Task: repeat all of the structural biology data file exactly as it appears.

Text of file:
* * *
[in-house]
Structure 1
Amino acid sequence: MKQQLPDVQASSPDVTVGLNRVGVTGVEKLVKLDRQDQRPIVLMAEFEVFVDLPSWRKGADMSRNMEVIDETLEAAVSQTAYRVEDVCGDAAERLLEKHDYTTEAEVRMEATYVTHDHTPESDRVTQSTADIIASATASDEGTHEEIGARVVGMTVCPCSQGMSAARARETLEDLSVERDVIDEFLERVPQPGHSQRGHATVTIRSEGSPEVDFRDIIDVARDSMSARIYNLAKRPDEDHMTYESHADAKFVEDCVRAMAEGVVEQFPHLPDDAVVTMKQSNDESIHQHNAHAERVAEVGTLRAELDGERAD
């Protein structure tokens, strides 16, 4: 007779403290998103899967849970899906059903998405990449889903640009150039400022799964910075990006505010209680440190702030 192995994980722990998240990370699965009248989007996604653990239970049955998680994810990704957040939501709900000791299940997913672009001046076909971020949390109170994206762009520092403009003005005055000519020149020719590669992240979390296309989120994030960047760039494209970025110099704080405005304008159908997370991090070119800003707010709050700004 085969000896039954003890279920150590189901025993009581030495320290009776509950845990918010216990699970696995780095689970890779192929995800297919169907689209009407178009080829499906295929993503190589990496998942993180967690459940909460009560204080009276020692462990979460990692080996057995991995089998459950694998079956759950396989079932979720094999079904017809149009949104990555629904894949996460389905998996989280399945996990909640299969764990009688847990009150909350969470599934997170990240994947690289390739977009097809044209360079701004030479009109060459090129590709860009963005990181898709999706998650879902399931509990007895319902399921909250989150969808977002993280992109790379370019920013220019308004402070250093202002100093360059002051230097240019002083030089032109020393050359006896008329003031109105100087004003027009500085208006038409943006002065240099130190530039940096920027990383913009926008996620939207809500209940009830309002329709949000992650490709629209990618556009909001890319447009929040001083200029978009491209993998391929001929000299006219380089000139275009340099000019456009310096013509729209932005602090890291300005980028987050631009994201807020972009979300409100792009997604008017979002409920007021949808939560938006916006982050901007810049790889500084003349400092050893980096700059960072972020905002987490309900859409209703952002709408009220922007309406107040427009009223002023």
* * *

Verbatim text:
[in-house]
Structure 1
Amino acid sequence: MKQQLPDVQASSPDVTVGLNRVGVTGVEKLVKLDRQDQRPIVLMAEFEVFVDLPSWRKGADMSRNMEVIDETLEAAVSQTAYRVEDVCGDAAERLLEKHDYTTEAEVRMEATYVTHDHTPESDRVTQSTADIIASATASDEGTHEEIGARVVGMTVCPCSQGMSAARARETLEDLSVERDVIDEFLERVPQPGHSQRGHATVTIRSEGSPEVDFRDIIDVARDSMSARIYNLAKRPDEDHMTYESHADAKFVEDCVRAMAEGVVEQFPHLPDDAVVTMKQSNDESIHQHNAHAERVAEVGTLRAELDGERAD
């Protein structure tokens, strides 16, 4: 007779403290998103899967849970899906059903998405990449889903640009150039400022799964910075990006505010209680440190702030 192995994980722990998240990370699965009248989007996604653990239970049955998680994810990704957040939501709900000791299940997913672009001046076909971020949390109170994206762009520092403009003005005055000519020149020719590669992240979390296309989120994030960047760039494209970025110099704080405005304008159908997370991090070119800003707010709050700004 085969000896039954003890279920150590189901025993009581030495320290009776509950845990918010216990699970696995780095689970890779192929995800297919169907689209009407178009080829499906295929993503190589990496998942993180967690459940909460009560204080009276020692462990979460990692080996057995991995089998459950694998079956759950396989079932979720094999079904017809149009949104990555629904894949996460389905998996989280399945996990909640299969764990009688847990009150909350969470599934997170990240994947690289390739977009097809044209360079701004030479009109060459090129590709860009963005990181898709999706998650879902399931509990007895319902399921909250989150969808977002993280992109790379370019920013220019308004402070250093202002100093360059002051230097240019002083030089032109020393050359006896008329003031109105100087004003027009500085208006038409943006002065240099130190530039940096920027990383913009926008996620939207809500209940009830309002329709949000992650490709629209990618556009909001890319447009929040001083200029978009491209993998391929001929000299006219380089000139275009340099000019456009310096013509729209932005602090890291300005980028987050631009994201807020972009979300409100792009997604008017979002409920007021949808939560938006916006982050901007810049790889500084003349400092050893980096700059960072972020905002987490309900859409209703952002709408009220922007309406107040427009009223002023």